Categorized | Lifestyle Technology

Primal Ritual Steps into 21st Century…Maybe

Since the beginning of man, and since the beginning of the women standing next to them, the male half of the species as had to shave. The daily ordeal of painfully scraping off hair from the face is, and has been, one of the most unpleasant morning rituals for men all the world over. A daily hassle indeed. Not to mention the waste of water, continuous expense of shaving cream and after-shave gels, followed by skin conditioners infused with vitamins and aloe. All of this, just to counteract the irritation caused by steel scratching along dry skin. Any newly invented manner of shaving can surely beat this.
Thanks to Skarp technologies, that beastly task of using steel blades has finally stepped into the 21st century (kind of). The new Laser Razor by Skarp actually uses a laser to zap the hair from the skin (sort of).
Let me explain: According to scientists, or at least what the company’s website says, the particular wavelength of the light is specifically designed for hair, and specifically not designed for skin. That sounds pretty impressive.
As gadgets to, one nice thing about this little item is that it looks and feels just like a regular razor. The prototype shown on the company website is very sleek. The curvature of the grip, the laser itself, and the sheer flatness of the head where the laser sits looks like something from a design team at Apple, or Star Trek.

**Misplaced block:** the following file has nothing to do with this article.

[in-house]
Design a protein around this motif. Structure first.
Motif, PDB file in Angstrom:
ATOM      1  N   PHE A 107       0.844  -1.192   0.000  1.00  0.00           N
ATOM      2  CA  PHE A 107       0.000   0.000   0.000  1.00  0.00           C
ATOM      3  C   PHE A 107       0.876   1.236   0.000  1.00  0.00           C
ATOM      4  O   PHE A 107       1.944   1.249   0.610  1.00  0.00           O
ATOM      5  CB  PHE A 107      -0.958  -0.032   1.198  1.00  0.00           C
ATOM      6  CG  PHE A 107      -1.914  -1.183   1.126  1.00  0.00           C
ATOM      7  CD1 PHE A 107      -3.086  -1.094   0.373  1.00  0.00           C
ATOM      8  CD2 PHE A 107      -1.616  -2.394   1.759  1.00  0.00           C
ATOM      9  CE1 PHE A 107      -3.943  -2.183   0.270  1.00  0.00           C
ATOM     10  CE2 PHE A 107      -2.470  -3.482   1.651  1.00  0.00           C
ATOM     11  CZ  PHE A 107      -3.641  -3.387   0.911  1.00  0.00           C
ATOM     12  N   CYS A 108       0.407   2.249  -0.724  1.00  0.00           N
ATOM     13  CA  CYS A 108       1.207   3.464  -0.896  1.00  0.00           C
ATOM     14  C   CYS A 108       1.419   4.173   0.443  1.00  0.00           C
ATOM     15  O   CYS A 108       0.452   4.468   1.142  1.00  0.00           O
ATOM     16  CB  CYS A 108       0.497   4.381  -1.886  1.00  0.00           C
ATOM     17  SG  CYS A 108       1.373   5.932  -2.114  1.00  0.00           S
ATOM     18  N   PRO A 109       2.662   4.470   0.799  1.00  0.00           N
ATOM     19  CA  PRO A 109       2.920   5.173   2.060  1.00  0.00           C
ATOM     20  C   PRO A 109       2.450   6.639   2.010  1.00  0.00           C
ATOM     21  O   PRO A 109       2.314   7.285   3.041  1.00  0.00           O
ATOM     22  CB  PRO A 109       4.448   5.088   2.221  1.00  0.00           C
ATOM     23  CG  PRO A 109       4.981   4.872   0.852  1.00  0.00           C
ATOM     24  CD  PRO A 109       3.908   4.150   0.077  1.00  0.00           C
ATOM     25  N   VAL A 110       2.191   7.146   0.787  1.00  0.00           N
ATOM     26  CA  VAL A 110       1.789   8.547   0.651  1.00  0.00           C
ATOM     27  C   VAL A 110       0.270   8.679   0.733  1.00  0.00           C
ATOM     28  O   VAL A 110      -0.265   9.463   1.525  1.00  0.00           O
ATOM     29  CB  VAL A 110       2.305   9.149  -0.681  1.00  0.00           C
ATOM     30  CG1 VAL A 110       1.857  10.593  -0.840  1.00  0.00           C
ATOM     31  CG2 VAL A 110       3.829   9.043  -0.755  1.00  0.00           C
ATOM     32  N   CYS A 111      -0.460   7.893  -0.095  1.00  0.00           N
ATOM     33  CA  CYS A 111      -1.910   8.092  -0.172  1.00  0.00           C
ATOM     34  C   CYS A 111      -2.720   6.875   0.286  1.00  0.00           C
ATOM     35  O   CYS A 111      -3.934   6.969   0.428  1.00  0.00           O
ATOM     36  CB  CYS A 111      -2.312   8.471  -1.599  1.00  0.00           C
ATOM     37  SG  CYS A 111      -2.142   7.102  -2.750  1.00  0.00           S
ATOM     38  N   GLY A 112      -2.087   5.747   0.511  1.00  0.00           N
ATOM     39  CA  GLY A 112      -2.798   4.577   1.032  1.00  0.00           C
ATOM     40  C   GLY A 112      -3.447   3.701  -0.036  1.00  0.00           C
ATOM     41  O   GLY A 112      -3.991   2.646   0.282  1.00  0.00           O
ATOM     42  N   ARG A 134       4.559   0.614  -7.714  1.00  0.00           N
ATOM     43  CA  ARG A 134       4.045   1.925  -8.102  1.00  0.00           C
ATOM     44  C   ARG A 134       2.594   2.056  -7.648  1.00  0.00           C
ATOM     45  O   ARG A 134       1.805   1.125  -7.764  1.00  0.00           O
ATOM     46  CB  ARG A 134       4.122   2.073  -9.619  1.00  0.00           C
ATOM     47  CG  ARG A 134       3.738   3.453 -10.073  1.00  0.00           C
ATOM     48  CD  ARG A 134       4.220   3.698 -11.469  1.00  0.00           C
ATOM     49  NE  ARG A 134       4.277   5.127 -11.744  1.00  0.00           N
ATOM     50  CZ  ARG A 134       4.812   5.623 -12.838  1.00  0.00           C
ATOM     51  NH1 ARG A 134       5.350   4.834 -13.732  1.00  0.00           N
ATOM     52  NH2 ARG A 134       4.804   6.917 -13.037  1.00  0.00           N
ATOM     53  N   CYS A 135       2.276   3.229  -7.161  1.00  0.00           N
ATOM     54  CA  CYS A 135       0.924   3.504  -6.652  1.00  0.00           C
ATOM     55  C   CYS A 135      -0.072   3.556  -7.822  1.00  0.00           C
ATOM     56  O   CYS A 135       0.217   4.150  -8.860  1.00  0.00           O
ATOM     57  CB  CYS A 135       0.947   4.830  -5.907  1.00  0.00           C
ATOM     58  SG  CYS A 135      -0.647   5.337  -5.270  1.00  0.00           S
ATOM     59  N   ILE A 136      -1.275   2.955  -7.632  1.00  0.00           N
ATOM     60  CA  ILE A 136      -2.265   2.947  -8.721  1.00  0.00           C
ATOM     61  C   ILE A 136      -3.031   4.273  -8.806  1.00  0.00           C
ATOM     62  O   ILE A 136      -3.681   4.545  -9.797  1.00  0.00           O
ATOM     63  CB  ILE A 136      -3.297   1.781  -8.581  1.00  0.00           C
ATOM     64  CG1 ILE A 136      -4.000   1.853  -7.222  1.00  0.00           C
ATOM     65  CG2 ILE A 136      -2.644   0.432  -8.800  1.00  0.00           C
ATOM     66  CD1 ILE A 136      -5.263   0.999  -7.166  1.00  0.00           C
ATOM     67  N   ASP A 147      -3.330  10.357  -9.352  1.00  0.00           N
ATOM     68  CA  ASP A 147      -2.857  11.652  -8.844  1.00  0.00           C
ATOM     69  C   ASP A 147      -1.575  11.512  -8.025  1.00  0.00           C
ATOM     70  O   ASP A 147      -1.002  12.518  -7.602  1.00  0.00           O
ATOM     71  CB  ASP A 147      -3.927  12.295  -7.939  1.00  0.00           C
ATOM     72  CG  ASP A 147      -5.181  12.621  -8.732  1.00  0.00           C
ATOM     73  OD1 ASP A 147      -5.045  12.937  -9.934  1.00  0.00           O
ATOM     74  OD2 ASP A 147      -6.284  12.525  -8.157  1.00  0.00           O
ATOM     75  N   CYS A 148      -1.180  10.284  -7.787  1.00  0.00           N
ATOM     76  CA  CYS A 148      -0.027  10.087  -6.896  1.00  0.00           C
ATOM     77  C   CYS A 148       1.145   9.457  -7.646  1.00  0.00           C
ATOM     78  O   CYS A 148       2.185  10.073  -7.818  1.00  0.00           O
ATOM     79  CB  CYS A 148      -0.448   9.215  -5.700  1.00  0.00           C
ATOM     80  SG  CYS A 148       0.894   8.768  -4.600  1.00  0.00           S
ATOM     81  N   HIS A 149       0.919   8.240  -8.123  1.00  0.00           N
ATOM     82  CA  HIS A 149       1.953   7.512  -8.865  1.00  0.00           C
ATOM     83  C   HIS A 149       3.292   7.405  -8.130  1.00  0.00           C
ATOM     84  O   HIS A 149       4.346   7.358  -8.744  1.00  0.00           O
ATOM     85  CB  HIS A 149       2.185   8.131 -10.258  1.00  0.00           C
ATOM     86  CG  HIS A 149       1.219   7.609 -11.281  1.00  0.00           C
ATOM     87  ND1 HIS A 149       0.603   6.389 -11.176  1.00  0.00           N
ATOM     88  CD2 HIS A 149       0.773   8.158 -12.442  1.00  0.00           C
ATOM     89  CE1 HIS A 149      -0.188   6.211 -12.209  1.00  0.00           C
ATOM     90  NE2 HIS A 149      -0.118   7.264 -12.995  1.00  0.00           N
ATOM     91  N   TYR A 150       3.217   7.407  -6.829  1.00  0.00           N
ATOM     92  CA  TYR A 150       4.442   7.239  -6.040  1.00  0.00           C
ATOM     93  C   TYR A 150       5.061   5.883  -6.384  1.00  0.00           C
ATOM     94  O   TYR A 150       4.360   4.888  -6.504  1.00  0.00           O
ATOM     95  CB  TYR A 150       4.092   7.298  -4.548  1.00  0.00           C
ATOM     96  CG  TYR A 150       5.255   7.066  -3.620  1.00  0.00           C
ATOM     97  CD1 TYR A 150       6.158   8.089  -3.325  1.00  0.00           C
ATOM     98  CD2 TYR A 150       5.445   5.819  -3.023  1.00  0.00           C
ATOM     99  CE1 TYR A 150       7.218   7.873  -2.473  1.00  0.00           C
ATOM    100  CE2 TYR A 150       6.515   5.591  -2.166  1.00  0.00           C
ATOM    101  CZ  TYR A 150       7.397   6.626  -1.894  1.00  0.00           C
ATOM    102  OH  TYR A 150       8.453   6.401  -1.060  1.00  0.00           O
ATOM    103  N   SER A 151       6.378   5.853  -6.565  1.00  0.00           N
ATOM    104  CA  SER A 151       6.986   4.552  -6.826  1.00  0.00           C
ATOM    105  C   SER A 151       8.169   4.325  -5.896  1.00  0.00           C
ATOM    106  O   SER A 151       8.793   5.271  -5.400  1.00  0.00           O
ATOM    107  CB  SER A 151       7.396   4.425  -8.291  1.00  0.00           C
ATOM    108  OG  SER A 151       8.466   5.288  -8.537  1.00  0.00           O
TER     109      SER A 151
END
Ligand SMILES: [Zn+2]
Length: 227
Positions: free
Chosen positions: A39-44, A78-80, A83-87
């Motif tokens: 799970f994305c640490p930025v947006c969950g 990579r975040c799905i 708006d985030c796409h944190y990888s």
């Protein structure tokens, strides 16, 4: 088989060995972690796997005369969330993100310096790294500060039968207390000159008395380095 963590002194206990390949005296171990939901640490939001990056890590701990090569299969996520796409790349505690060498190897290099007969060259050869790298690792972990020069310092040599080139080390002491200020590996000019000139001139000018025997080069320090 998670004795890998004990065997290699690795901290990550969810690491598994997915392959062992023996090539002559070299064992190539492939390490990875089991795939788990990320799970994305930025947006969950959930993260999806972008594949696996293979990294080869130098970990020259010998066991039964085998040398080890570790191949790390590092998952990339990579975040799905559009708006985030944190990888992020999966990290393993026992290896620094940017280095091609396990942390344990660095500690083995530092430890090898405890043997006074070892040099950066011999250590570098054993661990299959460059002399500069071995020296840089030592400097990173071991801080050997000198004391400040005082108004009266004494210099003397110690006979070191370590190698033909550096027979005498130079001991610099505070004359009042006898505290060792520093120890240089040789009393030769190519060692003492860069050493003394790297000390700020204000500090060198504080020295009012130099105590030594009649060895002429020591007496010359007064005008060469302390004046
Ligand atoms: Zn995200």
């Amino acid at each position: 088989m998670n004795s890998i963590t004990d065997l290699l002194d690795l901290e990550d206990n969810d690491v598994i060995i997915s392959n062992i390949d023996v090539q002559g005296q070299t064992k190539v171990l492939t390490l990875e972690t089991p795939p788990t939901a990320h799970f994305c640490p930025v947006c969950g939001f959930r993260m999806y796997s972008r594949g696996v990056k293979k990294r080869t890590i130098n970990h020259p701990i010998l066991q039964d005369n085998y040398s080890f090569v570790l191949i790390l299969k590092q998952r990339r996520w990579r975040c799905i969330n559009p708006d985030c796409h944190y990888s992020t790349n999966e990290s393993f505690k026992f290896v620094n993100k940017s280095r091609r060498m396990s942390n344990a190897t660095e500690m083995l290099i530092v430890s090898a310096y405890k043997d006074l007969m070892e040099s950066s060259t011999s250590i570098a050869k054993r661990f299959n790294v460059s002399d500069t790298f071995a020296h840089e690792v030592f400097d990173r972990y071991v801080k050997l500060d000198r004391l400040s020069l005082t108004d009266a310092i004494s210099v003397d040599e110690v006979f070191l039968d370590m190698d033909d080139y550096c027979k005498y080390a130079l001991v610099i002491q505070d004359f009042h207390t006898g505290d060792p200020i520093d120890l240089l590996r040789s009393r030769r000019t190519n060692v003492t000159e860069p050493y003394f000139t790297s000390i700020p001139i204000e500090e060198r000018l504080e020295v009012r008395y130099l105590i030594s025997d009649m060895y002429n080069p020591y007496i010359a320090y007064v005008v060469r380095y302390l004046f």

But alas, this story does not have a happy ending, at least not yet. Although the internet has been buzzing about this razor for months, as it turns out, the prototype is, shall we say… “promising”.
A thorough examination of this product was recently carried about by CNET. They sent one of their writers to visit Skarp labs in Southern California, with a camera crew. The video they took clearly shows that the “idea” of using light to cut hair is plausible. The reporter even ran the razor across a few hairs on his arm. The hairs were cut, eventually.
As seen in the video, the laser can only cut one or two hairs at a time, very slowly. There is also a small issue with the optic fiber that the laser travels across. It breaks a lot. It broke twice in the video.
Of course, the company’s engineers, who also apparently handle PR duties, say that the “how to” part of the equation has already been solved. They just need additional funding for the equipment necessary to bring production to scale. So, the company is currently seeking crowd-funding on Indiegogo and have set a first delivery date of March, 2016.
Don’t hold your breath, or stop shaving just yet. Based on what has been demonstrated so far, that date sounds a bit optimistic. The company seems determined to make it happen though, so slowly but surely, the primal ritual of shaving is finally evolving into the world of technology (almost).